Between 2006 and 2010, average employer premiums increased from $1,011 to $1,200 for single coverage, and from $3,128 to $3,444 for family coverage. If premiums continue to rise at this rate, state residents will see their take-home pay dwindle even more.
Some policymakers believe that global budgets are the answer to this problem. Because doctors would receive a flat annual fee for each patient, they’d have a direct financial incentive to keep their patients healthy - or more cynically - to limit the care they provide.
That’s exactly what has happened in Canada, which implemented such budgets in the 1970s. Last year, Canadians were waiting to receive more than 941,000 procedures. The average total wait time between referral from a primary care physician and treatment by a specialist reached 19 weeks in 2011. That’s more than double the wait time in 1993.
In 2006, then-Gov. Mitt Romney assured his constituents that “the costs of health care will be reduced” if his health reform package passed. President Obama made essentially the same assurances prior to the passage of his reform package, pledging that it would “bring down premiums by $2,500 for the typical family.”
If anyone didn't already know, Sally Pipes has been a consistent attack dog on the ass of Obamacare. Just saying to be up front about the author.
On the face of it, without looking up statistics, it appears the rate of increase in premiums in Massachusetts may be lower than that of America, on the whole. While that may or may not reflect any degree of success of RomneyCare (one must also consider other variables, such as demographics), it still shows that the plan is far from supporting the claims of what the plan would do by those crafting the plan, including Romney. I also believe the problem of jobbing is already huge in Mass, but is likely going to keep increasing.
This whole idea of "global budgets" seem insane to me. Taking even more responsibility away from consumers holding their health care costs down, but now putting doctors in a position where they have little incentive to even see their patients, let alone spend much time on them. Nope, just pack more patients in, and to do so, limit the time you spend on each patient at any time.
Each service means over-treatment, each patient means throughput and undertreatment. Put people on a wage!
Put people on a wage!
How would you structure the wages? Would they all be flat? Adjusted by cost of living in the various markets? Adjusted by education level, or amount of on-going continuing ed? Would the wage go up or down by some measure of successes or patient approval/demand? Anything to encourage the health care providers to provide better service, to be more efficient, or to go the extra-mile for a patient? Impacted by poor record or low approval?
Also, how would you handle medications and the costs of divices/scans, tests, etc.?
This post was edited by GauchoGreg 2 years ago
the needle in the haystack?
Three things to remember. First, as indicated, you have to consider other factors, such as demographics. Second, the conditions in Massachusetts (size/scope of the system, demographics, etc.) are MUCH more likely to support a system like Romneycare or Obamacare, than those of the nation as a whole. And, third, everyone admits the existing system sucks, and just because this case MAY currently be working better than the nation on the whole, it hardly means that it is a situation we should adopt for the whole country when there are much better options.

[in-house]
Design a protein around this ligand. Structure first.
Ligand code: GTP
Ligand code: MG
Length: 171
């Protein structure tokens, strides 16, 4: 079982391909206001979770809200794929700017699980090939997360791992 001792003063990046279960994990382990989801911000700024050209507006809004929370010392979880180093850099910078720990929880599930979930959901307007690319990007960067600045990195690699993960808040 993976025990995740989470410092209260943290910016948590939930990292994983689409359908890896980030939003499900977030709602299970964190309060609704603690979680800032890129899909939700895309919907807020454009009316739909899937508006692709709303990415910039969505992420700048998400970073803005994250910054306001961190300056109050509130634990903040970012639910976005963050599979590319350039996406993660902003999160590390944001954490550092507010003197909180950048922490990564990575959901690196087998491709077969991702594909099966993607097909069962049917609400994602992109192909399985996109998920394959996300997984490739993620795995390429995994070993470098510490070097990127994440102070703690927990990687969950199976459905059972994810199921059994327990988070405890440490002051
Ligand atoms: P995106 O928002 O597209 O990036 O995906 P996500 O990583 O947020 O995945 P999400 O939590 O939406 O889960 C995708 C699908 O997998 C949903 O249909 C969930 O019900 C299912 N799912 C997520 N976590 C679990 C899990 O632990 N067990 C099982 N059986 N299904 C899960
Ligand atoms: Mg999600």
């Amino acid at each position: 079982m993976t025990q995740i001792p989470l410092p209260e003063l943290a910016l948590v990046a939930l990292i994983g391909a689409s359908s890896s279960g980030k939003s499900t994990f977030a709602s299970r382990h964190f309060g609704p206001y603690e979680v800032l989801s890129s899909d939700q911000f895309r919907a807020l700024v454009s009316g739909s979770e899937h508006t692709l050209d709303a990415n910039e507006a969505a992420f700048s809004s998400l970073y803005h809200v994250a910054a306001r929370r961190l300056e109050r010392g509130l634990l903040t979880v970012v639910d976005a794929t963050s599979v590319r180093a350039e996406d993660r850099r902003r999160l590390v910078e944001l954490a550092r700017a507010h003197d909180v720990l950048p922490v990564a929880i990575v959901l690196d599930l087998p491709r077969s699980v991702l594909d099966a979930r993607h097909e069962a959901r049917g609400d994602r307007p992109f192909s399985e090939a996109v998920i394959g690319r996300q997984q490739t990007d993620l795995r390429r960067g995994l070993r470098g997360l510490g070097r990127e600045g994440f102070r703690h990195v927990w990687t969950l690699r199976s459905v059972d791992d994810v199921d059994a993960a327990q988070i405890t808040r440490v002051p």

I shall have to look into how some hospitals do it at the moment. I do know, however, that the Mayo Clinic which gets high marks for care and patient experience have doctors on a wage.
This story adds nothing. We all were discussing that the main reason the CBO revised its estimate is that they were simply being more honest in their reporting, using the full cost for a 10-year period, rather than a fraction of that period and claiming it was a 10-year projection. But the funny part of this article is the following:
I want to be clear about something. The Affordable Care Act has flaws: Among other things, it reaches fewer people and provides less financial protection than I would prefer. The revised CBO report actually suggests this problem will get mildly worse, since it also expects slightly fewer people to end up with insurance. That’s one reason why the law will cost less; it’s helping fewer people. Another reason is that more employers pay penalties for not offering insurance and more people pay penalties pay penalties for not obtaining it. That's obviously not great, either.
The report also had one finding that give us at least a little pause: CBO now projects the number of people with employer-sponsored insurance will drop by 4 million people, on net. It’s still a small effect, representing less than 2 percent of the total population with employer-sponsored coverage. That’s well within the margin of error of these models. It’s also difficult to tell why CBO thinks this will happen – whether it’s fewer employers offering insurance, fewer employees accepting coverage, or workers moving into firms that are less likely to provide benefits. Any of those would be consistent with lower economic growth, as CBO now expects. Still, the issue merits attention. (If I can get a more detailed explanation of why CBO thinks this will happen, I'll update this item.)"
Guy is either being dishonest, or is a fool. This goes back to what I keep saying, the CBO is recognizing (with their increase in the estimate of the number of people who will lose coverage), although not NEARLY enough, that employers have more incentive to drop coverage than keep it, as will individuals. Seriously, how hard is it to understand that if it makes more sense to drop coverage than to have it, that eventually everyone will figure it out????? Why the CBO stops at 4 Million more people losing/dropping coverage is the real question.